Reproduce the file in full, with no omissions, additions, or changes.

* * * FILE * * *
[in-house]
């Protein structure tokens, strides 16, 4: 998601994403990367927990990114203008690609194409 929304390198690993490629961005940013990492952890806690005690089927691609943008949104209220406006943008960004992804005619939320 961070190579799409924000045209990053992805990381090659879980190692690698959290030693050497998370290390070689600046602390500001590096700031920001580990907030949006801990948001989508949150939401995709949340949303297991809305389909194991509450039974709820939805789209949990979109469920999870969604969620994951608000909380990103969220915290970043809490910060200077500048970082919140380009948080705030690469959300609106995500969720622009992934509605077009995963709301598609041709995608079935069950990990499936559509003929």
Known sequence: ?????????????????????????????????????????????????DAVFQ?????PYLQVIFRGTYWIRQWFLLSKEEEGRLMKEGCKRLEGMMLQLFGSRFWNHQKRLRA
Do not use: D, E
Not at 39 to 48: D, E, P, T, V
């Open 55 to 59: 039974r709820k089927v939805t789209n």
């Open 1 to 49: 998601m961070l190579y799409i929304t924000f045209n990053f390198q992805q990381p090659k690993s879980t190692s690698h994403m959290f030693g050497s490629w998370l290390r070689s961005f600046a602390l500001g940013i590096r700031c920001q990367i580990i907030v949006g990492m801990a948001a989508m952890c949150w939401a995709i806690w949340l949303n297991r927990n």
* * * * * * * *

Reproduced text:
[in-house]
């Protein structure tokens, strides 16, 4: 998601994403990367927990990114203008690609194409 929304390198690993490629961005940013990492952890806690005690089927691609943008949104209220406006943008960004992804005619939320 961070190579799409924000045209990053992805990381090659879980190692690698959290030693050497998370290390070689600046602390500001590096700031920001580990907030949006801990948001989508949150939401995709949340949303297991809305389909194991509450039974709820939805789209949990979109469920999870969604969620994951608000909380990103969220915290970043809490910060200077500048970082919140380009948080705030690469959300609106995500969720622009992934509605077009995963709301598609041709995608079935069950990990499936559509003929």
Known sequence: ?????????????????????????????????????????????????DAVFQ?????PYLQVIFRGTYWIRQWFLLSKEEEGRLMKEGCKRLEGMMLQLFGSRFWNHQKRLRA
Do not use: D, E
Not at 39 to 48: D, E, P, T, V
């Open 55 to 59: 039974r709820k089927v939805t789209n």
């Open 1 to 49: 998601m961070l190579y799409i929304t924000f045209n990053f390198q992805q990381p090659k690993s879980t190692s690698h994403m959290f030693g050497s490629w998370l290390r070689s961005f600046a602390l500001g940013i590096r700031c920001q990367i580990i907030v949006g990492m801990a948001a989508m952890c949150w939401a995709i806690w949340l949303n297991r927990n």